THE JOURNEY I COULD NOT MAKE

Aug 4th, 2013 | By Dr Jerry D Elrod | Category: Senior Moments Blog

Returning for 100th Anniversaries

The invitation came offering me the wonderful occasion to be a part of a congregation celebrating its 100th anniversary. Allowing for appropriate evaluation of my health conditions, it was concluded that making the trip and participating in the event could not happen this time.  Of course, that means it would not ever be a possibility ever again.

The invitation came from a young man whose parents I had known well now almost fifty years ago and over a period of almost two decades.  The church, an African American congregation in Omaha, Nebraska, had been my spiritual home while living in that city.  It nurtured me, was the scene of our son’s baptism, encouraged my forays into the issues of mid 60′s and for another twenty years.

The invitation was honor enough.  Being able to attend would have been icing on the cake.  But, as life will sometimes  have it, I simply could not make the trip and deliver the presence that I would want to give to that wonderful nurturing congregation.

That is one of the reasons you do all you can to savor life while you can.  When ability and capability steal your greatest desires life offers, then you are aware how quickly the steps have taken you to a time and a space that limits your most ardent wishes.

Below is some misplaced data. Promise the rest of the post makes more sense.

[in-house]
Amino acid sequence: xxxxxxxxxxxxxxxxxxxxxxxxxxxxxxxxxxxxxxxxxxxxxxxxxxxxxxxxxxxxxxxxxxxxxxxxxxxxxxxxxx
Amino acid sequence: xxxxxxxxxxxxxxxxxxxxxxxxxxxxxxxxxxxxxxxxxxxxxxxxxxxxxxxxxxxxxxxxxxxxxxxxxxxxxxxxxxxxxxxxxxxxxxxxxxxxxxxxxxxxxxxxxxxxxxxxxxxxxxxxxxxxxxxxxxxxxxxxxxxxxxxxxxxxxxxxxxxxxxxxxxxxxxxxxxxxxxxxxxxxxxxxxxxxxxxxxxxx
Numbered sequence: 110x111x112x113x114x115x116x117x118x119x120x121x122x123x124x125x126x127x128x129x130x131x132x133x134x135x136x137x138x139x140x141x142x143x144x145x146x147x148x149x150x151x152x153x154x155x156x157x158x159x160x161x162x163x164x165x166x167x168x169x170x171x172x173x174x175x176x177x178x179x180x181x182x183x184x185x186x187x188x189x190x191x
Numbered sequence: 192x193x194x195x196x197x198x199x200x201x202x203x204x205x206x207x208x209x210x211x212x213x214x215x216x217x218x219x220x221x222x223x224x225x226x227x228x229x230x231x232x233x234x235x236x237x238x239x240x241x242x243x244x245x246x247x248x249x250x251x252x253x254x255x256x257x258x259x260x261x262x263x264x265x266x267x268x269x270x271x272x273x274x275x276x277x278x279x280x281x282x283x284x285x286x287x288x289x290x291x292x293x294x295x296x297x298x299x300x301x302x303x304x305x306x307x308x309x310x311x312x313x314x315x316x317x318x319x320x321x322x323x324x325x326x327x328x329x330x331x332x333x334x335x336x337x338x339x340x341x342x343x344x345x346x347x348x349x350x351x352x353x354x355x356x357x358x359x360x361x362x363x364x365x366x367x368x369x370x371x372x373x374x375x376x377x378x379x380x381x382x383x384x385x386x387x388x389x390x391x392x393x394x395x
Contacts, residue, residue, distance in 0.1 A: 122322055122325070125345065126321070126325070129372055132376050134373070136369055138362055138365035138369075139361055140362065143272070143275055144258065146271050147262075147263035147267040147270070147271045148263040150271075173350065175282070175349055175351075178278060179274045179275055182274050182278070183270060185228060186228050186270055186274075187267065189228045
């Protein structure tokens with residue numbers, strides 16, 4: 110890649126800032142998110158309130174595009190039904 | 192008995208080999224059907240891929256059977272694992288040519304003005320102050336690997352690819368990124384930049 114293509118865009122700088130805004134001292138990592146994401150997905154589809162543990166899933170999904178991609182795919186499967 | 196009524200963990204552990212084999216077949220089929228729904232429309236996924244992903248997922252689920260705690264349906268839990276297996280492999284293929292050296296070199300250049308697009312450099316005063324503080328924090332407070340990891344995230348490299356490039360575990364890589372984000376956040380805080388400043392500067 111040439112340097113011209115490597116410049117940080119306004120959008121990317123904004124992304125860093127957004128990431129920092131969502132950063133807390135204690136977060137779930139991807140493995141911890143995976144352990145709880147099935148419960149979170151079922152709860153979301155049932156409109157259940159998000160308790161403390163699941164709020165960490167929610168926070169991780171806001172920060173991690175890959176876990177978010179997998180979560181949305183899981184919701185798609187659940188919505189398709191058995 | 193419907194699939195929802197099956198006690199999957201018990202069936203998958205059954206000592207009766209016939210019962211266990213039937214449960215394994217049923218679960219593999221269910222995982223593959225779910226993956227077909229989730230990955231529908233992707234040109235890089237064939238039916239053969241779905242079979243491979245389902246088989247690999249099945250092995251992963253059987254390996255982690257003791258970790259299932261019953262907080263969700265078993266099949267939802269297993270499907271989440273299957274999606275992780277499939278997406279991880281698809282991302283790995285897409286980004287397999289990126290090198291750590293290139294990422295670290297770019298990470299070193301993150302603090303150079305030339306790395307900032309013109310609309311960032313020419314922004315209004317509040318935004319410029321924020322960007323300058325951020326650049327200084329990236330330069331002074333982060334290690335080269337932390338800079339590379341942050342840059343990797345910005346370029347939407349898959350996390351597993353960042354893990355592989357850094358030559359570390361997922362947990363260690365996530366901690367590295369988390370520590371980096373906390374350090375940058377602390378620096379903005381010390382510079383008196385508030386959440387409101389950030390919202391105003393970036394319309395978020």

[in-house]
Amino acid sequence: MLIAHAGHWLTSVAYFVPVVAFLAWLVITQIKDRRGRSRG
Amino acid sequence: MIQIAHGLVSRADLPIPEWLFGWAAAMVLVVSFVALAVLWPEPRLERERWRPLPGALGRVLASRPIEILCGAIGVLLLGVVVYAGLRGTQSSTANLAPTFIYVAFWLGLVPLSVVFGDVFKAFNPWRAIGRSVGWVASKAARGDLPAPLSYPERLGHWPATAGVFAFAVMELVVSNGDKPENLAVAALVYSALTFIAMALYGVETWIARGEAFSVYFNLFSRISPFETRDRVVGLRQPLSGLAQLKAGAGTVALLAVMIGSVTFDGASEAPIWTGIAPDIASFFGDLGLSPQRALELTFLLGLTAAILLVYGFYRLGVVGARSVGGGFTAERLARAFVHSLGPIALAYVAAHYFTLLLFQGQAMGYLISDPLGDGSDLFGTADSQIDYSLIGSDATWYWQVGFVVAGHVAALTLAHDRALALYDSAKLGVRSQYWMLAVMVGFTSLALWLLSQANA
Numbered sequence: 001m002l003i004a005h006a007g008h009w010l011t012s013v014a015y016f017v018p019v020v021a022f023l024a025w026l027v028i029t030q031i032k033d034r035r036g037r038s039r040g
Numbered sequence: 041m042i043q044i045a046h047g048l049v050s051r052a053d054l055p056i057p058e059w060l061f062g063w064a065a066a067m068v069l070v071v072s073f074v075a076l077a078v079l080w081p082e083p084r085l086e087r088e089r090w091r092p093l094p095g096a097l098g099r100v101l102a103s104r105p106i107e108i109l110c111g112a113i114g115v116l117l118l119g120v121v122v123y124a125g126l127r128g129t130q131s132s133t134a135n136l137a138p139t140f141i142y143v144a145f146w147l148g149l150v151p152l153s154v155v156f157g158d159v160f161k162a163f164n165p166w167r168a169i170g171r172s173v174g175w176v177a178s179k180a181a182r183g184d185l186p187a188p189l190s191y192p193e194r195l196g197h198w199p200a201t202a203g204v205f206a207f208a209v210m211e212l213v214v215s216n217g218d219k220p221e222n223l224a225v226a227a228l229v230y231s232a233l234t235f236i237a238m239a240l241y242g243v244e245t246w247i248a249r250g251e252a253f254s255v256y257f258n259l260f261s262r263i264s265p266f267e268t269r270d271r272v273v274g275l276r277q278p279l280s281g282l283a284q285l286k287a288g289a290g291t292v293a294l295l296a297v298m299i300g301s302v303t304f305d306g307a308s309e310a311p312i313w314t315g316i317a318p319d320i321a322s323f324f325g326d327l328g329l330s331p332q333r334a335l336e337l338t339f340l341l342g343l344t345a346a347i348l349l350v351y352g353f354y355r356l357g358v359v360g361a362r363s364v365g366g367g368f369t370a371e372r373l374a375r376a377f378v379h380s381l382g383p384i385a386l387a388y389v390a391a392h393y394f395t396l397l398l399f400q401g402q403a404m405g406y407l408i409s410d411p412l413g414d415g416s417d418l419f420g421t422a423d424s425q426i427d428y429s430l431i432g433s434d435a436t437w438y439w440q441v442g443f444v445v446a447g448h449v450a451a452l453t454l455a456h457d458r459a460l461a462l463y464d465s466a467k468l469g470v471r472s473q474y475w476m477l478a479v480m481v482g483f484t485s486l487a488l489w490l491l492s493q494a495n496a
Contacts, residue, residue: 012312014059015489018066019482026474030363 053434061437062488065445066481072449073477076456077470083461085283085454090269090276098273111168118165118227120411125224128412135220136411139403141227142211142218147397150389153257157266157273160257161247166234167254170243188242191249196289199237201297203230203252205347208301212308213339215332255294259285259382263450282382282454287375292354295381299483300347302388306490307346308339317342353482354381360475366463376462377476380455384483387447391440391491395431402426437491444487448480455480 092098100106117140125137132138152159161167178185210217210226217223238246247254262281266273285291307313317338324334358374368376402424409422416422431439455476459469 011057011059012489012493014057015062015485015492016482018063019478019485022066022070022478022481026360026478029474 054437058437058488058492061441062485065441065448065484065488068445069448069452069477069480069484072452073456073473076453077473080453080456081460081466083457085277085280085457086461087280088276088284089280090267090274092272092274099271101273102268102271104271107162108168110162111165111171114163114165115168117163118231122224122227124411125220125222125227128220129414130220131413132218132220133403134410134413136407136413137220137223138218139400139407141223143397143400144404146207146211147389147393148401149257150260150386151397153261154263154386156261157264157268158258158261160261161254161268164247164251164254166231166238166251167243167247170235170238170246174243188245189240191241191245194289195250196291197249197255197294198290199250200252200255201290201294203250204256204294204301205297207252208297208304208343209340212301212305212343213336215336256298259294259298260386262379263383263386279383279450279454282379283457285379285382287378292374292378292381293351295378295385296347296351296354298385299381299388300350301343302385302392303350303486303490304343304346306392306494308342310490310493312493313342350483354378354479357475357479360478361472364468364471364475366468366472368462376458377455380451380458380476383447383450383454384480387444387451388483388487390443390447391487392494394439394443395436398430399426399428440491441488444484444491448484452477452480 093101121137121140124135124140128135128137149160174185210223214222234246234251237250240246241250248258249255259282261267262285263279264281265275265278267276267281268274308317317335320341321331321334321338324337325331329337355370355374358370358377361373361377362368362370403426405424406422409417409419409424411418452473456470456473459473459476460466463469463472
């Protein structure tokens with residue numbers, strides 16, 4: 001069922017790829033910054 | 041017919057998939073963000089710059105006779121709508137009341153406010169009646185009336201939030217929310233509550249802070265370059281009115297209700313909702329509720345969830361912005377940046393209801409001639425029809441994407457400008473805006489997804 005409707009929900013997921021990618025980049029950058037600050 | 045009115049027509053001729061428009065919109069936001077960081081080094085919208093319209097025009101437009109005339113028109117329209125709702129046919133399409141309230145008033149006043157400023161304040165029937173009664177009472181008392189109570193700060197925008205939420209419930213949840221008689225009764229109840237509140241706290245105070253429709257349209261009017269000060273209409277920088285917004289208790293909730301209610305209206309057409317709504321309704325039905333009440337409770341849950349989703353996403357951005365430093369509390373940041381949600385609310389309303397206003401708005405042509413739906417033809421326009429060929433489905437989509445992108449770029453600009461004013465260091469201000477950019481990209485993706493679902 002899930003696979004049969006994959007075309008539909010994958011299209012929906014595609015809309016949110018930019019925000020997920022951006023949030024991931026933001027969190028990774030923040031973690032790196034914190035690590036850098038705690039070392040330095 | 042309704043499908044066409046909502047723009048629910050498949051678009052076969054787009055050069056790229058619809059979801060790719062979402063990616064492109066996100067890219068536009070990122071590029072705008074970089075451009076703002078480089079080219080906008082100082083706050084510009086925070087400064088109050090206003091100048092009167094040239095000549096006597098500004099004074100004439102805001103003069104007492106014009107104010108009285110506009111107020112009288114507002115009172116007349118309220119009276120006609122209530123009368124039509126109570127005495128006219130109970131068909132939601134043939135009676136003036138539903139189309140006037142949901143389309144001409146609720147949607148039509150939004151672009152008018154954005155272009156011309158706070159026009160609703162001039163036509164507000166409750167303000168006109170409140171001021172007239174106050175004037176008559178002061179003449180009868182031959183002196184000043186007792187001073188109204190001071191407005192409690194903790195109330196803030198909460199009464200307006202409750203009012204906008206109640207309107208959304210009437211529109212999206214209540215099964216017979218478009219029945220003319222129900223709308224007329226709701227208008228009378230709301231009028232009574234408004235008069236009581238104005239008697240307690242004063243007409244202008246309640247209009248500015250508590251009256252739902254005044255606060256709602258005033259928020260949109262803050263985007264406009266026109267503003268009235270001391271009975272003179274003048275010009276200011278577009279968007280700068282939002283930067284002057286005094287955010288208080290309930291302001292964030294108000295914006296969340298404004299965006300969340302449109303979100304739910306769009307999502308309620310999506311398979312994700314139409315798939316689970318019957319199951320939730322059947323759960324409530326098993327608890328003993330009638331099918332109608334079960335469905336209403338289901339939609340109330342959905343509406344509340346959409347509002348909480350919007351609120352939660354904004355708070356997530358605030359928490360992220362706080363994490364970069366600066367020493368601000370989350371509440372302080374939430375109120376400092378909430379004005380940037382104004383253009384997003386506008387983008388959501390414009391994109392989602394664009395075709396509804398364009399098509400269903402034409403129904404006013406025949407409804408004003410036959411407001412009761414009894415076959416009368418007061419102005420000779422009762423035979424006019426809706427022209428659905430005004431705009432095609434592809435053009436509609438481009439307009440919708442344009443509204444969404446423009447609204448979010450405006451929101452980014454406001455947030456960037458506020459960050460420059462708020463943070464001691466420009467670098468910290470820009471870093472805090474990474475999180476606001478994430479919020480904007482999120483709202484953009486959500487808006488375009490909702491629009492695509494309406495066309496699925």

The young man, now a gentleman of quality in extending the invitation, could not know how utterly moved I was to be asked.  It was a chance to recall such extraordinary experiences and wonders of what had been a creatively magnificent moment in my life and career.

Gratitude for Being Held in Esteem

Somehow, however, he topped off the invitation with a testimony of his own, indicating I had been his mentor in his growing up, had offered him a perspective on life that he had held dear for these now many years.  How breathlessly precious.  How powerfully overwhelming.  What a moment, to discover years later that you really did make a contribution, offer a difference.

Thank you, Alan Black.  Thank you for summarizing what other tributes and plaques received over the years could not say. Thank you for allowing this human being to sense that his life had amounted to something. Thank you for breathing into me a sense that my presence had left its impression on you.  But more importantly how that period of life had left its impression on me.

While I could not make it back for the anniversary, I have shared vicariously in its deep and significant meaning.  For me, now, that is enough.



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